British media plumbs new depths.jpg

British media plumbs new depths

THE MARRIAGE of Paul McCartney and Heather Mills has collapsed, amid a welter of media speculation about a custody battle and lucrative divorce settlement.

Sky News devoted most of its afternoon coverage to the break-up, on the day the couple announced their separation, interviewing divorce lawyers, nosey tabloid journalists and show business commentators. Presenters salivated at the unfolding events, informing us, ad nauseam, that McCartney was worth 825 million pounds and that, naively, he had failed to sign a pre-nuptial agreement.

Jubilant divorce lawyers announced that this was likely to be the biggest settlement of all times and Heather could pocket 200 million quid – no problem. Tabloid hacks also appeared, parading exclusive scoops on the break-up. You felt that journalists, their pens long since dipped in poisonous ink, had been preparing the marriage’s obituary for some time.

Hardly anyone – presenters, lawyers or gossip writers – expressed, even en passant, any sadness at the break-up of a marriage involving a two-year-old daughter. Nobody expressed sympathy for Paul McCartney – who thought he had found happiness after the premature death of his first wife, Linda, in 1998 – or for Heather Mills, who, as an amputee victim, has endured her own trauma.

Instead, McCartney was berated for his foolishness in not preparing a ‘prenup’. Here, one gets an insight into the cynicism of the press. The marriage, according to the tabloids, was bound to fail, wasn’t it? Young blonde bimbo meets ageing Beatle billionaire – what did you expect? And the constant reference to his fortune is meant to make us mere mortals feel better about ourselves. “All that money didn’t do them any good, did it?” was the desired reaction in pubs up and down the country.

Character assassination

But the television coverage paled when set against the tabloid venom against Heather Mills. The press branded her as a ‘gold-digger’, self-serving publicist and bad-tempered bully. The Sun, the so-called ‘barometer’ of British public opinion (and the acme of bad taste), published a cartoon showing Heather Mills’ artificial leg running out of a dressing room, shouting “I can’t stand her either – I’m off too!”

Not that the press had started their campaign against Heather Mills when the couple separated. In the past, the press had accused her of embellishing and exaggerating aspects of her life story in the name of self-promotion. Now, almost without exception, they also blamed her for the marriage break-up.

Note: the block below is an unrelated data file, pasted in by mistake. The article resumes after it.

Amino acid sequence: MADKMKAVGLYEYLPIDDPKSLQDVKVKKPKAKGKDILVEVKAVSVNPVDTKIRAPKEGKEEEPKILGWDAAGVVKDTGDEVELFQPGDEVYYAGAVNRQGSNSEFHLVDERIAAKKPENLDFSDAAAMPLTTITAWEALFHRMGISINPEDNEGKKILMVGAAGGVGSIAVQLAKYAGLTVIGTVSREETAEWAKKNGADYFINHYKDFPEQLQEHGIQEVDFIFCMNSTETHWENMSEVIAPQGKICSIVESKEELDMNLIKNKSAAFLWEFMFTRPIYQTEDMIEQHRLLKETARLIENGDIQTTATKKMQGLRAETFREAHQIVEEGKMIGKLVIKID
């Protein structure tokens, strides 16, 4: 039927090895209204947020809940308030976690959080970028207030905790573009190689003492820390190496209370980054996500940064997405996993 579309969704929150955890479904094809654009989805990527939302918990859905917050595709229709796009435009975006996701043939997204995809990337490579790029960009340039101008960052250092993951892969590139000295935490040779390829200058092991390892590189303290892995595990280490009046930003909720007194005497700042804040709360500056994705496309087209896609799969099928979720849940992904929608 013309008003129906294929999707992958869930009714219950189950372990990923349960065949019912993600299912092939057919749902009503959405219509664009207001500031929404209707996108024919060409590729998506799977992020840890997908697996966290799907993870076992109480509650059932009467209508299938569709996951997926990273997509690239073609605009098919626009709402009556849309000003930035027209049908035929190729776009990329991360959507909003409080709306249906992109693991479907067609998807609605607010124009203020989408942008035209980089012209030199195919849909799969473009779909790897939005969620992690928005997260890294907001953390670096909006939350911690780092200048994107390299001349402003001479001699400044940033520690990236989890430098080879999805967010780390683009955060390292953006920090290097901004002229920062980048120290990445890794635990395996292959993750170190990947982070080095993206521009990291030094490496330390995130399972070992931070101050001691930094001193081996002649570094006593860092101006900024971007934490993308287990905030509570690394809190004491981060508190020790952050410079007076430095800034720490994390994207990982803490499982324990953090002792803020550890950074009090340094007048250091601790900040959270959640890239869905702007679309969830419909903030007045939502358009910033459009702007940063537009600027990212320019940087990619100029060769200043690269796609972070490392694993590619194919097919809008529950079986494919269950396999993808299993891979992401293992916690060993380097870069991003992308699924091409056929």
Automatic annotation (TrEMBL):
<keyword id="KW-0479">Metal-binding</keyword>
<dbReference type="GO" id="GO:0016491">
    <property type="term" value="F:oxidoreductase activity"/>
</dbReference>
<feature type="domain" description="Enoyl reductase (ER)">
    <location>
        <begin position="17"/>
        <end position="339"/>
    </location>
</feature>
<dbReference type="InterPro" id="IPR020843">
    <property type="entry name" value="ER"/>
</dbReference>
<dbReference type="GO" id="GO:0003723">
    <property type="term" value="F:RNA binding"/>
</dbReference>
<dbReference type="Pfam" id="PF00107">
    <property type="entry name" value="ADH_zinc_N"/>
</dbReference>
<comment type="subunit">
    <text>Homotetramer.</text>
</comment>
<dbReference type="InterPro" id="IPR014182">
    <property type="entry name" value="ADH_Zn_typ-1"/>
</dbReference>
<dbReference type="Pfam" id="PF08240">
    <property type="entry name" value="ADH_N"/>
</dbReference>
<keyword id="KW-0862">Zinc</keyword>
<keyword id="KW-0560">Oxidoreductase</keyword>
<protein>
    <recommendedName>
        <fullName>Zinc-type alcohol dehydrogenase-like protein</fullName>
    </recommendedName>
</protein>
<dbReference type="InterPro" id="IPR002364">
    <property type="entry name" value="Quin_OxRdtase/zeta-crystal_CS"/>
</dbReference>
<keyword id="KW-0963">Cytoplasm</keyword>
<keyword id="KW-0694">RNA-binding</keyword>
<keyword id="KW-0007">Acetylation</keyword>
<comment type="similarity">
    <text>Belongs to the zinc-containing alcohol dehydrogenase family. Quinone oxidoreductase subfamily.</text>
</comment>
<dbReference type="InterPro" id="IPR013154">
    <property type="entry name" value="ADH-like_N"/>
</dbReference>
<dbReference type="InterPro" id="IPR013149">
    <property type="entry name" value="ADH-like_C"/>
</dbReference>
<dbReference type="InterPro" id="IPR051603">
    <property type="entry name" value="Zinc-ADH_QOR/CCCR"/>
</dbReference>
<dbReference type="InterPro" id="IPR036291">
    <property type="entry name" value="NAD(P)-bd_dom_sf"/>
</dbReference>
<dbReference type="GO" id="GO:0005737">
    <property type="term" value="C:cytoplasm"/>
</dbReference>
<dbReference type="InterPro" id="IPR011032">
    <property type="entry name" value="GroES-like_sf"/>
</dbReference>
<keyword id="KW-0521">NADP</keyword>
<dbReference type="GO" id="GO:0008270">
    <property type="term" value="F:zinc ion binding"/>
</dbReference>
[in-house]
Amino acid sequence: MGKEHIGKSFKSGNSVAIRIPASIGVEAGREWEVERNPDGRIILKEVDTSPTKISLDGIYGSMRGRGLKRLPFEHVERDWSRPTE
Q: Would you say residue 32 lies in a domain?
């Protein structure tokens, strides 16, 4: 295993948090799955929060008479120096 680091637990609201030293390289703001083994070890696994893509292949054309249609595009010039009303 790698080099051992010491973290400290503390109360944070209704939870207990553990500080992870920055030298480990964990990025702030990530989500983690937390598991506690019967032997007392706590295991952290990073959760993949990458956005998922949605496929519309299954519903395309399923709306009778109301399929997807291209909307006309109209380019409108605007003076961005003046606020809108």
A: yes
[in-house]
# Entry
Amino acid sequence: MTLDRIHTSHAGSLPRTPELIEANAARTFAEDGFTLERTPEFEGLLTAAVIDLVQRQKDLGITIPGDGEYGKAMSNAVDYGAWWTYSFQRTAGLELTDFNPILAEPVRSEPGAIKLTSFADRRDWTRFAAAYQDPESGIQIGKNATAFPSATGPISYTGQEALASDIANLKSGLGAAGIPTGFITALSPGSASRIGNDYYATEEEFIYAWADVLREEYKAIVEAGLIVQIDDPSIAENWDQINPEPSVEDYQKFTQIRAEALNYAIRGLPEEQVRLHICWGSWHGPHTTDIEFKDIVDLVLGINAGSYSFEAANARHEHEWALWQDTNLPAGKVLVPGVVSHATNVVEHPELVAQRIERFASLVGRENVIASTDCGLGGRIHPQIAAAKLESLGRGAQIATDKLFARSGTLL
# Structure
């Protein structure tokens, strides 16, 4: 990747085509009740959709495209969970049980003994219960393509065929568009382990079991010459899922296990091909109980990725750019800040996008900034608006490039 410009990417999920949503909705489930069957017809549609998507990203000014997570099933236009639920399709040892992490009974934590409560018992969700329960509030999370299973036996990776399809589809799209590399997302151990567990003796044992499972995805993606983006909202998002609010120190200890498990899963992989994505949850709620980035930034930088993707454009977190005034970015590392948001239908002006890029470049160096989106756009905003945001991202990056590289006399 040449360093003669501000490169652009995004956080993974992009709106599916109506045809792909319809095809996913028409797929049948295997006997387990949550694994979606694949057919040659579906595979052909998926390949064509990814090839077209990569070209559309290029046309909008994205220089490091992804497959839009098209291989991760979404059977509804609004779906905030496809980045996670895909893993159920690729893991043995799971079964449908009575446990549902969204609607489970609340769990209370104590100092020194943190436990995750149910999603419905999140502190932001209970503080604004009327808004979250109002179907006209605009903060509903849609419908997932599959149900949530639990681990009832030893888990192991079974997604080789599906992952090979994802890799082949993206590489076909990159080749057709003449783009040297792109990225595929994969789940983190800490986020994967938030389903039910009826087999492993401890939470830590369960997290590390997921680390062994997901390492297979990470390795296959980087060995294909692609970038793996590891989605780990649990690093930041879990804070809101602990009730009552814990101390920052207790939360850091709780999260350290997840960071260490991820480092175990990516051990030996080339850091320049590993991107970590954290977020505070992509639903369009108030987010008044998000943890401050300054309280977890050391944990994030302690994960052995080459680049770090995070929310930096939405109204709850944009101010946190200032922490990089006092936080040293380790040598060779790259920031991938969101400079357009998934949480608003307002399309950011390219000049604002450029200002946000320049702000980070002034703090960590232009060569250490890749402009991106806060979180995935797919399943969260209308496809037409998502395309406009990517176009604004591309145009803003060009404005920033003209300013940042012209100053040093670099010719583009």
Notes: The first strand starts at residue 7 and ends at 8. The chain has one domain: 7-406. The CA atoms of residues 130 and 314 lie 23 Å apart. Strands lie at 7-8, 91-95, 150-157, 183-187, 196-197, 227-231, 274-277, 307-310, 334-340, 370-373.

I cannot comment on Heather Mills’ honesty and I was not privy to their marriage. More importantly, neither were the press. But the tabloids’ salacious muckraking and unhealthy curiosity reveals, once again, how low they will stoop. Even post-Diana, the British press continue their dirty business, devoid of scruples or self-censorship, oblivious to the damage they cause and the malleability of their readers.

My point here is not to defend Heather Mills. Neither do I subscribe to the point of view, which McCartney set out on his website, that the press – or the media spotlight – was to blame for the break-up itself. In addition, the innumerable character testimonials and glowing endorsements on Heather Mills’ website – often rebuttals against past criticism and alleged media misrepresentations – were probably best left unsaid, since they conveyed an impression of insecurity and self-obsession. Intangibly, the British public did not warm to her – as we have been told many times – but that is no excuse for the press to kick her while she’s down.

McCartney, a mega-famous billionaire and iconic figure, is such a God in the minds of the public that any young woman marrying him would stand accused of gold digging. In that respect, they have made life very difficult for McCartney himself. If he meets someone else in the future, she would have to be extremely wealthy and famous in her own right or face similar allegations. The press will never let up – they hunt their quarry to the end, even if it means driving Heather Mills to a breakdown, or worse. Then, and only then, The Sun would no doubt inform us, in a massive guilt-ridden catharsis, that poor Heather was misunderstood, that she was a prodigious and big-hearted charity worker and a courageous fighter against adversity. In that respect, at least, the British press is so wretchedly predictable.

• Gabriel can be contacted via e-mail at [email protected]

By Gabriel Hershman